The Singapore Fintech Festival is the biggest event of the sector worldwide and hundreds of banks, startups, regulators and other financial sector players gathered in the Southeast Asian country over three days to network and exchange on the latest trends.
“The Luxembourg financial centre has a lot of presences in Asia, and a lot of interest to partner up with Asian financial communities,” Philipp von Restorff, deputy CEO of Luxembourg for Finance, told Delano on site in Hall 3 at Singapore Expo. “We are here to create and look for market opportunities, to exchange with other communities, to see what is going on in terms of product development and where the new trends lie.”
Luxembourg is present in Asia with trade and investment offices in New Delhi, Seoul, Shanghai and Tokyo, as well as embassies in Laos, Thailand and Japan.
One of the big buzzwords of the Fintech Festival has been ESG--environmental, social and governance criteria aimed at promoting sustainability in various sectors but with the climate crisis a particular point of focus. The industry is looking at how fintechs can help accelerate the ESG transition, Von Restorff said.
“Luxembourg is a leader when it comes to sustainable finance and we have things we can contribute on this matter. We are keen to see what kinds of services in fintech around sustainability are currently being developed. We are gathering information and establishing contacts with these players in order to see how we can cooperate in future,” he said.
“There’s a lot about sustainable finance,” agreed Alex Panican, the deputy CEO of the Luxembourg House of Financial Technology (Lhoft). With 2023 just around the corner, Panican has his ear on the ground to anticipate what lies ahead. “I’m surprised by the [presence of] digital assets. Everybody says crypto is dead, but it’s not dead in Asia.”
See the future of finance in Asia
The fair is an opportunity to gather information and percolate it back to the players in Luxembourg. However, with banks, banking associations and regulators from around the world gathering at the fair, the grand duchy’s lenders and organisations such as the ABBL bankers’ association and the CSSF financial centre watchdog were notably absent.
“People always ask me: what is the future of finance? You just have to come to Asia to see what the future of finance is,” said Panican.
Cashless businesses, for example, are quickly becoming the norm in Singapore, where most street hawkers accept numerous types of digital payment, similar to Payconiq (formerly Digicash) in Luxembourg. Users can tap into the public transport system with their contactless credit card and the super-app Grab, developed in Malaysia, offers anything from Uber-like ride-hailing, takeout and grocery deliveries to a wallet that allows users to send and receive money and pay via QR code in most places.
One of Panican’s missions at the Fintech Festival is to discover more about the metaverse and its added value for financial services. The Lhoft has teamed up with Virtual Rangers for the fair, with visitors at the Luxembourg stand able to visit its offices using a virtual reality headset and connect with people on the other side.
“It allows people to discover the Lhoft from here in Singapore. They can join and meet at Lhoft,” said Matthieu Bracchetti, founder and CEO of Virtual Rangers, who was also at the fair that was hosted from 2 to 4 November. “The metaverse and fintech are quite closely linked and I wanted to see the evolution in the market.”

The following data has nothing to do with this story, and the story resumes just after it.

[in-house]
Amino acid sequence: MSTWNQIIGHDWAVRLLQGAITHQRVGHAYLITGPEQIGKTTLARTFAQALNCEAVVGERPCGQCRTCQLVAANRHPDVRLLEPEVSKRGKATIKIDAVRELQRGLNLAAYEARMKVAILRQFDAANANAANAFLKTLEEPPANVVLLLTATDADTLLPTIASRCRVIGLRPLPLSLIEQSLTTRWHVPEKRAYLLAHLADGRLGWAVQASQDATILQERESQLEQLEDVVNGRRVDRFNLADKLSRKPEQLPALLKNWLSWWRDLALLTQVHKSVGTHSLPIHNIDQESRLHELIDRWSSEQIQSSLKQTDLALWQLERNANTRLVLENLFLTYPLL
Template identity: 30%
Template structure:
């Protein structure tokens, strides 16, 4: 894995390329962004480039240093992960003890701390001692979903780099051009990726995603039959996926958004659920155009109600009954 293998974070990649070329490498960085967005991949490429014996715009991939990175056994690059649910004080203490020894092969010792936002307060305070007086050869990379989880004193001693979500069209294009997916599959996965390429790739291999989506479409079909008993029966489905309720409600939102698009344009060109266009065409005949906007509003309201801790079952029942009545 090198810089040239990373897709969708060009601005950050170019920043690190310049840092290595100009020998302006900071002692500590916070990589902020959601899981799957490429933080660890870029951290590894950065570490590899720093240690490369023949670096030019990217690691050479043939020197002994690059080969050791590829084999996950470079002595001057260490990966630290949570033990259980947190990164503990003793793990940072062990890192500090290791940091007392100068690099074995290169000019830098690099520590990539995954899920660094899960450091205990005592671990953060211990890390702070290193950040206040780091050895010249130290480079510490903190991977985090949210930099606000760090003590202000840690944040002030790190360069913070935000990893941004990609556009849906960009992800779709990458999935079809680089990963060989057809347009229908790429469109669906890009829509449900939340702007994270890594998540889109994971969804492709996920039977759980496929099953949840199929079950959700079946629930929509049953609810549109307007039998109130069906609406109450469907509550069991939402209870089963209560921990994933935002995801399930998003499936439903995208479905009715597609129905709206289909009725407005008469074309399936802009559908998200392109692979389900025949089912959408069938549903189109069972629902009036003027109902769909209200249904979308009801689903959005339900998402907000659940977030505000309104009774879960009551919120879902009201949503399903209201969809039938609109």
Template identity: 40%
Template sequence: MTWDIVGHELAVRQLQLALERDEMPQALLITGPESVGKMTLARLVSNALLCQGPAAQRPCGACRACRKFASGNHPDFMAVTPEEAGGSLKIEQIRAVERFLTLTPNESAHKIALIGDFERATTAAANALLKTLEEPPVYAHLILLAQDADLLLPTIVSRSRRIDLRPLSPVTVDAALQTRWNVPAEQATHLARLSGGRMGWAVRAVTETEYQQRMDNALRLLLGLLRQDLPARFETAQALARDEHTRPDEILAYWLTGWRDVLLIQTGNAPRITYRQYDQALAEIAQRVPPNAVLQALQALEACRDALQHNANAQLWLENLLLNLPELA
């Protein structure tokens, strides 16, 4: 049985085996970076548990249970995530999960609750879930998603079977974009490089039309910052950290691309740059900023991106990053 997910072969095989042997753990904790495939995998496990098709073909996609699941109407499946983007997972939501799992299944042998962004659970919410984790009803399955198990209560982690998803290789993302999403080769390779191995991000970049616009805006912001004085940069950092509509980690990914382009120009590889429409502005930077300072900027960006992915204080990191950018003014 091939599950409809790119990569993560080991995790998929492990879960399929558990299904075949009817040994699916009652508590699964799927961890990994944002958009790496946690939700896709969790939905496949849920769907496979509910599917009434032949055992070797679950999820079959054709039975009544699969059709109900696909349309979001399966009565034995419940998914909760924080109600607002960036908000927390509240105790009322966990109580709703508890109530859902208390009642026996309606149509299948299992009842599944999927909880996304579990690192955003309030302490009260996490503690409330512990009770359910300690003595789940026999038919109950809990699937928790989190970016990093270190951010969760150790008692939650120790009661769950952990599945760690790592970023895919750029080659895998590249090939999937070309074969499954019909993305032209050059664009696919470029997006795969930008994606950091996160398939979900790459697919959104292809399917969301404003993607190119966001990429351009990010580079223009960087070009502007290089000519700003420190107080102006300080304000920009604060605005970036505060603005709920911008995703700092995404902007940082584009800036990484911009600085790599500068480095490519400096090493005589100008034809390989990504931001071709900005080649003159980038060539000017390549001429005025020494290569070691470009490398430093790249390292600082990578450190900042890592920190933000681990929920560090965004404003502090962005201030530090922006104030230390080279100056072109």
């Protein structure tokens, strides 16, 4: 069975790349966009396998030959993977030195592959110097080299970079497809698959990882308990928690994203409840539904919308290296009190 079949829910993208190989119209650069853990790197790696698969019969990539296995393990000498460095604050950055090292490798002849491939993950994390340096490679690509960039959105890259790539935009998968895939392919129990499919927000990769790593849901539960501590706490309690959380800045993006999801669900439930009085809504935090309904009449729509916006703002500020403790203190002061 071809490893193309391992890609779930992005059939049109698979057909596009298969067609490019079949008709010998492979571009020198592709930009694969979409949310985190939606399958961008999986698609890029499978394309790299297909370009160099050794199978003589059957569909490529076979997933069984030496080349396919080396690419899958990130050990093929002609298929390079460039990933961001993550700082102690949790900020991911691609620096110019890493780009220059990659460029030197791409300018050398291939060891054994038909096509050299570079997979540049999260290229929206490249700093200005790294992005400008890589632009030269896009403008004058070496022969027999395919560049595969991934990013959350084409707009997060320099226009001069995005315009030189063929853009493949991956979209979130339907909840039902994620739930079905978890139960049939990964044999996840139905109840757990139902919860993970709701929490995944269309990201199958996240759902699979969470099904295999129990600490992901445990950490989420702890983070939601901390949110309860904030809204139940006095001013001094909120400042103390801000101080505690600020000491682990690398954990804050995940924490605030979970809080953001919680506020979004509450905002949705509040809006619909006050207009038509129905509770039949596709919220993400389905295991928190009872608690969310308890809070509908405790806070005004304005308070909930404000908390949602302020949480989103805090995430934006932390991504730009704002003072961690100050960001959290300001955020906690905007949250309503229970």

Bracchetti hopes to deploy his metaverse solution to other countries in the future, with his Luxembourg platform offering a low-threshold space that users can access without knowledge of cryptocurrencies, NFTs or other jargon that might be off-putting to potential cybercitizens. “It’s the best place to be to be aware what’s going on,” he said of the Singapore event.
Fintech for financial inclusion
But Luxembourg is far from the only country looking to make its mark. Ireland’s stand is nestled nearby with Switzerland, the UK and others just a stone’s throw away.
“Of course there’s competition between different financial centres, which is a healthy process. But we also look for complementarity, especially with other EU centres,” said Von Restorff. “The fintech ecosystem in Luxembourg has diversified in many different areas, such as payments, fund tech, regtech and blockchain,” the Luxembourg for Finance official said, adding that the fair was about connecting with partners in these areas “and to present to them what Luxembourg offers as a European Union hub.”
For Panican, “Singapore is like a sister,” he said. “They have almost the same kind of ecosystem. They are a door to Asia for fintechs who want to set up their business in Southeast Asia. That’s how we also position Luxembourg. We are a doorway to Europe.”
This door is set to open a little further next year when the Lhoft is looking to start Catapult: Asia, an off-shoot of its successful Catapult: Africa financial inclusion programme, which every year attracts and mentors fintechs offering inclusive solutions in developing markets on the continent.
“We will work with all the fintech associations, be it from Singapore, the Philippines, Malaysia, Thailand, Vietnam and Cambodia, to find the best fintechs in financial inclusion. What we’ve done for Africa, we will do for Southeast Asia,” the Lhoft deputy CEO said. “We see a huge opportunity and we have so much to learn from Asian companies.”
Editor’s note, 7 November 2022: Following publication of this article, a spokesman for the ABBL bankers association told Delano that its “non-participation was carefully considered” and that it worked “closely” with Luxembourg for Finance around the Singapore Fintech Festival and other events.